Wednesday, January 14, 2015

Rethink "Repeal and Replace" and Consumer Friendly Obamacare Fixes - Two Op-Eds in USA Today

I have no doubt Republicans will insist on proposing their own complex plan to reform the health insurance system that will include repealing and replacing Obamacare.

But I think it is going to get them into more political trouble than it's worth.

Here's the first of my two of op-eds in Thursday's USA Today: Rethink "Repeal and Replace"

Of course that begs a question, Just what should we do to make health insurance reform politically and financially viable?

Proposals the Republicans are now considering will have no chance of getting by a Presidential veto––even if they can muster 60 votes in the Senate––so long as Obama is President. Even if the Supreme Court takes away insurance subsidies in the state exchanges I doubt this President and this Congress can agree on anything.

But in 2017, it will be a different matter. I really do expect the new President, Democratic or Republican, as well as the new Congress, will be anxious to move on past this long and tedious health care debate to other important issues.

Whoever wins the 2017 elections, I have no doubt the consensus will be that health insurance reform will need lots of reforming. And, the only way that will happen is when one political party is able to bring lots of members of the other party on board.

Democrats might think Obamacare will survive intact. It won't. Five years later it has failed to garner the support they thought it would.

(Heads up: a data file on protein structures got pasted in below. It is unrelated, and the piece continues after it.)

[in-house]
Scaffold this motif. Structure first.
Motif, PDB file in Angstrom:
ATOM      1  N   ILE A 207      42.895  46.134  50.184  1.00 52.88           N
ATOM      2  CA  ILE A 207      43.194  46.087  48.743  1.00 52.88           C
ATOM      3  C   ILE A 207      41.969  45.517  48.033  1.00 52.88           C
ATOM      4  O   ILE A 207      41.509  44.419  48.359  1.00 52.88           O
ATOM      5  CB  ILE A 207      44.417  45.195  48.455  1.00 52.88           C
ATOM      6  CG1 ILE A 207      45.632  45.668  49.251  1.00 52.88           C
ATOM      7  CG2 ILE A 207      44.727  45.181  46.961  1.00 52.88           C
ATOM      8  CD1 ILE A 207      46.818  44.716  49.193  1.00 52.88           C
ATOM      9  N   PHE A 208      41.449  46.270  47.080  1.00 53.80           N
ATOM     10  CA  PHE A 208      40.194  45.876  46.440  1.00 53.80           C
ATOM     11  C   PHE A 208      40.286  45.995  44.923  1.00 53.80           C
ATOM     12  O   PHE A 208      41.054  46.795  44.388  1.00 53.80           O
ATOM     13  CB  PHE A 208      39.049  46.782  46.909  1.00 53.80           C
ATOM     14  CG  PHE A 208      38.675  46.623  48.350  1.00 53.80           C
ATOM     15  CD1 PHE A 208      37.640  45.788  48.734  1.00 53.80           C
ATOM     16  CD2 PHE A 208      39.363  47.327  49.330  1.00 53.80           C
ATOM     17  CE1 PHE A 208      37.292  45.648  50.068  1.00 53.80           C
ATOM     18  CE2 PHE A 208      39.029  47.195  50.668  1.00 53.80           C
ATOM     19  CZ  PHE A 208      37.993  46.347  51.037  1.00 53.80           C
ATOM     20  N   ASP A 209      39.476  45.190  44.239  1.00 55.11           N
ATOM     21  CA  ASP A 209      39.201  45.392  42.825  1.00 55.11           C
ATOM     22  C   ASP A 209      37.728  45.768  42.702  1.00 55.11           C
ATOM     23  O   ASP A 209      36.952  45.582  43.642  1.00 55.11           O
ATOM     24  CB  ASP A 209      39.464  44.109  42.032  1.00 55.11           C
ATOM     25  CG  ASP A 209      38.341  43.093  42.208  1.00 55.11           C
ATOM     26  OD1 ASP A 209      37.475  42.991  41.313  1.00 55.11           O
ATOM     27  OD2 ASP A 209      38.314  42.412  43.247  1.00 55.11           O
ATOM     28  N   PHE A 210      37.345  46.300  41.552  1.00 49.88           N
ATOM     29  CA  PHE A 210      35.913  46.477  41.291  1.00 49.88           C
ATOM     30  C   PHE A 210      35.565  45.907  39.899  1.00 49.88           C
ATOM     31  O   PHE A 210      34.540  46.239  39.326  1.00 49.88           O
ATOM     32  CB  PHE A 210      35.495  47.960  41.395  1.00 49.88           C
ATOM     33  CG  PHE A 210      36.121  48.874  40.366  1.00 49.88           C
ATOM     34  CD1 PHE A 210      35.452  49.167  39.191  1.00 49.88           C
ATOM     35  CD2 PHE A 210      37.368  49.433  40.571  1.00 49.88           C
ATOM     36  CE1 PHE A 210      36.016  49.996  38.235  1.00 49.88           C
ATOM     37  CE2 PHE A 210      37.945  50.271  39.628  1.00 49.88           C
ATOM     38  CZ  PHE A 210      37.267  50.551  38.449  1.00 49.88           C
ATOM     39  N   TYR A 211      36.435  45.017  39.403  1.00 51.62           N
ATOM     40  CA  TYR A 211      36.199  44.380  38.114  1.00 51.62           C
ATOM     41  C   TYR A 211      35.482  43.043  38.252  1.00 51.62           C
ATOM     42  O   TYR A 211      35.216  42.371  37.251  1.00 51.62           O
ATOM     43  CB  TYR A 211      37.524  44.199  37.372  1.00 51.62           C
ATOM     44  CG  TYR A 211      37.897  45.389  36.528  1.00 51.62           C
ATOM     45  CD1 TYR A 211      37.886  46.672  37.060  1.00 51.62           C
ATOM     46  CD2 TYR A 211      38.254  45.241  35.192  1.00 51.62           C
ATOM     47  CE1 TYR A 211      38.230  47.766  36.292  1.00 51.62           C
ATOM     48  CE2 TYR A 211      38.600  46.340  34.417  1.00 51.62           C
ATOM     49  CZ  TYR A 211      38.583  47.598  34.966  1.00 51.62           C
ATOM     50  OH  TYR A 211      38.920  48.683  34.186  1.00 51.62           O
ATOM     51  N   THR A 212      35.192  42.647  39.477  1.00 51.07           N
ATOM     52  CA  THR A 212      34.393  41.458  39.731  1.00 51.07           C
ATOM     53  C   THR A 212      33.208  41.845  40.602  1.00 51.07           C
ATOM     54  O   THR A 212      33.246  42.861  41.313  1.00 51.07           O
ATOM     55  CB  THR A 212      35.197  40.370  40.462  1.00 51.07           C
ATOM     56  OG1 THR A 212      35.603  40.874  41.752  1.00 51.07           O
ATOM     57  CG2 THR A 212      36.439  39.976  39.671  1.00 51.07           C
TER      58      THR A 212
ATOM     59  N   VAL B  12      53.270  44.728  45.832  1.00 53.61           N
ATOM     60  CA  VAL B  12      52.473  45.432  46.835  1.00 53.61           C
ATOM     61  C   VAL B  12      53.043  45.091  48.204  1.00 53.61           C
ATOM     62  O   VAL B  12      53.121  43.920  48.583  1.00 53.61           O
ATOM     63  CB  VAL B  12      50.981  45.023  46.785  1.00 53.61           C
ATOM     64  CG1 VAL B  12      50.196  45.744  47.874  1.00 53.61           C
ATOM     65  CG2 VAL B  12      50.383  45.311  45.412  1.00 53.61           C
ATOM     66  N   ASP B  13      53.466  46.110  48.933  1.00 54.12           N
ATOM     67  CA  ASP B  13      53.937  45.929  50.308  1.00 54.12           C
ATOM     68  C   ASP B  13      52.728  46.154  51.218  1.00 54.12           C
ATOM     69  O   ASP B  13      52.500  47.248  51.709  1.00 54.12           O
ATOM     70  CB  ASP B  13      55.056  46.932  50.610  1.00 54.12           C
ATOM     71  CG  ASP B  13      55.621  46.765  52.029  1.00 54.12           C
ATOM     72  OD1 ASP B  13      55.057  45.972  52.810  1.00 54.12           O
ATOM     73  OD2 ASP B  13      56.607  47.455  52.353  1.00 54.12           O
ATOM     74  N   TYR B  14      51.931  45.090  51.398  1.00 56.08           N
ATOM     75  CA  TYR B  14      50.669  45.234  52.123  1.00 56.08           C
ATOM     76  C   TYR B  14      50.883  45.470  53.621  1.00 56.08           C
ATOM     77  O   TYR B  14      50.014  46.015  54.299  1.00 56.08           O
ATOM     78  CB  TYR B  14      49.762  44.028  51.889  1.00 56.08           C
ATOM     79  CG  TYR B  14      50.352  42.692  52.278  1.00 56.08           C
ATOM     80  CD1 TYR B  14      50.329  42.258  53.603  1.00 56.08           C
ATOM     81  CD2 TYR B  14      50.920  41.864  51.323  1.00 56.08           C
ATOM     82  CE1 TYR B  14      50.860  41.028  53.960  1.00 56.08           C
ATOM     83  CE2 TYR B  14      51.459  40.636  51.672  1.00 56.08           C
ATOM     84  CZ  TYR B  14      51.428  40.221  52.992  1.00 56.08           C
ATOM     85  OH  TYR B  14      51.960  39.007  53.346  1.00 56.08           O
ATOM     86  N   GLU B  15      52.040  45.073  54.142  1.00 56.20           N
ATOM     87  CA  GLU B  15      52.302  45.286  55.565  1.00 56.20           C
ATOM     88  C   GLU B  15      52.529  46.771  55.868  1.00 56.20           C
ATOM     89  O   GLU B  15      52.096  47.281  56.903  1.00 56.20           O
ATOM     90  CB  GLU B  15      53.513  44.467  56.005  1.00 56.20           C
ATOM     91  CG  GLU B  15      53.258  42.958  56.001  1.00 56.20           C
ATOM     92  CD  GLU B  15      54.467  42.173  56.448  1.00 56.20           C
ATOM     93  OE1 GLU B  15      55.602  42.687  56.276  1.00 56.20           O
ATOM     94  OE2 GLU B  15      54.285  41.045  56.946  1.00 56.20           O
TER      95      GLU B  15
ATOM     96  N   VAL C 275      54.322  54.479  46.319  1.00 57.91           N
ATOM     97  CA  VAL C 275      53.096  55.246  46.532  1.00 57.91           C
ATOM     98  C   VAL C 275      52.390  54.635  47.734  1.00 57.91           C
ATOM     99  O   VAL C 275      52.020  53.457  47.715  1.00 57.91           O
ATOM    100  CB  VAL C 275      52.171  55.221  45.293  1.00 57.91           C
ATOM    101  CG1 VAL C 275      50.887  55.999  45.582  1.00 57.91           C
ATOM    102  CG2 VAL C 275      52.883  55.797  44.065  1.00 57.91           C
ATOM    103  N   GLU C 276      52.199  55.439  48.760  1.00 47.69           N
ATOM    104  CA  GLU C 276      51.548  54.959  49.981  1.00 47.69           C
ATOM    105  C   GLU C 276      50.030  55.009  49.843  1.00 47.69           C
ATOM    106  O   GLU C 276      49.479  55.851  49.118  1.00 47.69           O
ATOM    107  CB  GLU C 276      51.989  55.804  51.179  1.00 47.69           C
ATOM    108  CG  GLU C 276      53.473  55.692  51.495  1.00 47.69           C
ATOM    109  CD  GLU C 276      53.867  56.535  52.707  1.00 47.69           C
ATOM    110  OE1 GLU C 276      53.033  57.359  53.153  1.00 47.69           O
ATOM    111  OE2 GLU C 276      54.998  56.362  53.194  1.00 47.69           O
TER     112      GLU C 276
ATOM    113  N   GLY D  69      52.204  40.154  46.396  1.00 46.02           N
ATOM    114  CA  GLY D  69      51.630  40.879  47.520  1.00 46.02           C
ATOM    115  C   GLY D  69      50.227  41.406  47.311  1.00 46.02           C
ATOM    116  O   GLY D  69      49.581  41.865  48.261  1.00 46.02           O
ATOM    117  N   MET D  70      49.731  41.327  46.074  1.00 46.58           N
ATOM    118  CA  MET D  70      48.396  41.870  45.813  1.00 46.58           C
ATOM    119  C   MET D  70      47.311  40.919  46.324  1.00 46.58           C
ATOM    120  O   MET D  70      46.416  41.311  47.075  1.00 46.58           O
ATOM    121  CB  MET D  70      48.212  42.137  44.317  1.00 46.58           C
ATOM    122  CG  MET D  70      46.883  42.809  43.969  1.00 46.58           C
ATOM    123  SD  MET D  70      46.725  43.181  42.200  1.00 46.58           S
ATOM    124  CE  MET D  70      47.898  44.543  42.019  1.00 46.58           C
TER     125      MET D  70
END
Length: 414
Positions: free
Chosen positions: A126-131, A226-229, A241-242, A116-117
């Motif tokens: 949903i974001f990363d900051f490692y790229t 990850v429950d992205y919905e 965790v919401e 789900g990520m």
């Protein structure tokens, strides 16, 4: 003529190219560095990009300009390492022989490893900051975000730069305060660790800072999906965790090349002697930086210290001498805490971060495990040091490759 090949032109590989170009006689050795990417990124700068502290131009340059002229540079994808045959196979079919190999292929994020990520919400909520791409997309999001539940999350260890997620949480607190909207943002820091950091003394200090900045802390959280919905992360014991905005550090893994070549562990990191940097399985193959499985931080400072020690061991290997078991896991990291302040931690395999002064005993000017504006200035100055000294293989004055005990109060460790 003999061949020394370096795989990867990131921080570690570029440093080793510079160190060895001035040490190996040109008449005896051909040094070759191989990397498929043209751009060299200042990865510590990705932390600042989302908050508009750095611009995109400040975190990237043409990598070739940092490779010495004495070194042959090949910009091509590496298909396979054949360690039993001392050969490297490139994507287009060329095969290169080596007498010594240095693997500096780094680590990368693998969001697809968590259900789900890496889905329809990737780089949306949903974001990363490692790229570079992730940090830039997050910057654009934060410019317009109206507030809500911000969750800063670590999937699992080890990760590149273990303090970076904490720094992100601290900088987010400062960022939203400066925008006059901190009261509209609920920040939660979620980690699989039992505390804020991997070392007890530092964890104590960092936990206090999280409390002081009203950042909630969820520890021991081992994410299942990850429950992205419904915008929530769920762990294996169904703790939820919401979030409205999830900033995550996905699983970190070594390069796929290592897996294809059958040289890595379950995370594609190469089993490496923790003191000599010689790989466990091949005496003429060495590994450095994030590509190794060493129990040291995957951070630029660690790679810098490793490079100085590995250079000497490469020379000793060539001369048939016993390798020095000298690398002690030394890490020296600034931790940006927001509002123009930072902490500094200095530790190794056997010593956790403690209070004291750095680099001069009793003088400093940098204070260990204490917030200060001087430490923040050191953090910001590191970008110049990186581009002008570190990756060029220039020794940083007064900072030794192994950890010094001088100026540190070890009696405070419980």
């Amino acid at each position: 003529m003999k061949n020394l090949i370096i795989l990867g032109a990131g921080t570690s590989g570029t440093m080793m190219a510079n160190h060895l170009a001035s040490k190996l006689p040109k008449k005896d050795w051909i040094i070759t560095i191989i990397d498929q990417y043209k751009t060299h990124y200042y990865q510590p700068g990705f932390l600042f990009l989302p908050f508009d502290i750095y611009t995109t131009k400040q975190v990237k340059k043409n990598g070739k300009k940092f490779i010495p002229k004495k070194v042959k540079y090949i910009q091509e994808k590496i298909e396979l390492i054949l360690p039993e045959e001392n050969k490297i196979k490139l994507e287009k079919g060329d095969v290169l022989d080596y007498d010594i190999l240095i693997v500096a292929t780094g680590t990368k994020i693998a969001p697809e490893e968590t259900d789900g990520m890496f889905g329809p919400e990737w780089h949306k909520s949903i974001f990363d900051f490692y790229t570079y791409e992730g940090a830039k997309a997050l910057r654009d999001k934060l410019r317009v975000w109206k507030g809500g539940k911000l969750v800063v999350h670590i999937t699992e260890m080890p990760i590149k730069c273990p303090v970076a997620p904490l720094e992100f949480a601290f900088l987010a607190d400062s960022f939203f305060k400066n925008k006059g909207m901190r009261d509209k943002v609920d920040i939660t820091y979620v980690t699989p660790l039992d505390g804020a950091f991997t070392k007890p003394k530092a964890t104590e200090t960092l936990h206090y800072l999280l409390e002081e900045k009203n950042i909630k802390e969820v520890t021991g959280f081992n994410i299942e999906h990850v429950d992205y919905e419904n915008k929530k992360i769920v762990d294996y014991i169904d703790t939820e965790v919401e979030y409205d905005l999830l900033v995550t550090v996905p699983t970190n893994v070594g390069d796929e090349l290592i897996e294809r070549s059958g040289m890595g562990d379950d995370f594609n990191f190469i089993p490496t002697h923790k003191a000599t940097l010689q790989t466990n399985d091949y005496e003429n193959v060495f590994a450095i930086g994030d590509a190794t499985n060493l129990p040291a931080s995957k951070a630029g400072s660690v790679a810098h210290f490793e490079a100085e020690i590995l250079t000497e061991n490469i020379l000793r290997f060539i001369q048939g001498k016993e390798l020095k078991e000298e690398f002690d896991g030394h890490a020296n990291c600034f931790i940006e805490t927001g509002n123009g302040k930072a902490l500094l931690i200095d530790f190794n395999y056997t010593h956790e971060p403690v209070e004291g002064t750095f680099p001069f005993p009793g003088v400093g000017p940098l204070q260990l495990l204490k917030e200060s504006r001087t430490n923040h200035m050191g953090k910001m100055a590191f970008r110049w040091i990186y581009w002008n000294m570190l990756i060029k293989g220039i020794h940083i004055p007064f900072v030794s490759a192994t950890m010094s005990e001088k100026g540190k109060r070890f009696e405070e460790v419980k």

Republicans might think they can do a unilateral conservative health insurance reform in 2017––just like the Democrats rammed their version through in 2010. They won't. The country has had enough of that.

So, what would fundamental changes look like that could gain bipartisan support, be politically attractive, and financially sustainable?

Here is my second op-ed in Thursday's USA Today: Consumer-Friendly Obamacare Fixes

Recent Post: Republicans Considering Proposing High-Risk Pools––Health Insurance Ghettos

Tuesday, January 6, 2015

Will Tax Season Be Obamacare's Next Big Challenge? Is There Really an Individual Mandate?

Will tax-filing season be the next reason for consumers to complain about the new health law? Come tax time, will the Obama administration really enforce the individual health insurance mandate?

The IRS is out with a 21-page publication––Publication 5187––describing what taxpayers need to know about Obamacare in order to file their 2014 taxes.

Monday, January 5, 2015

The Single-Payer Health Insurance Failure in Vermont

For 25 years I've been saying that I wished a little state like Vermont would implement a single-payer Canadian-style health insurance system––"Medicare For All." My argument has always been that such a small and limited experiment would give us the opportunity to see the ideological arguments for such a system play out in the face of fiscal reality and the stakeholders fighting it out in the political arena over who would get the money. The rest of the country would be able to learn a lot from it.

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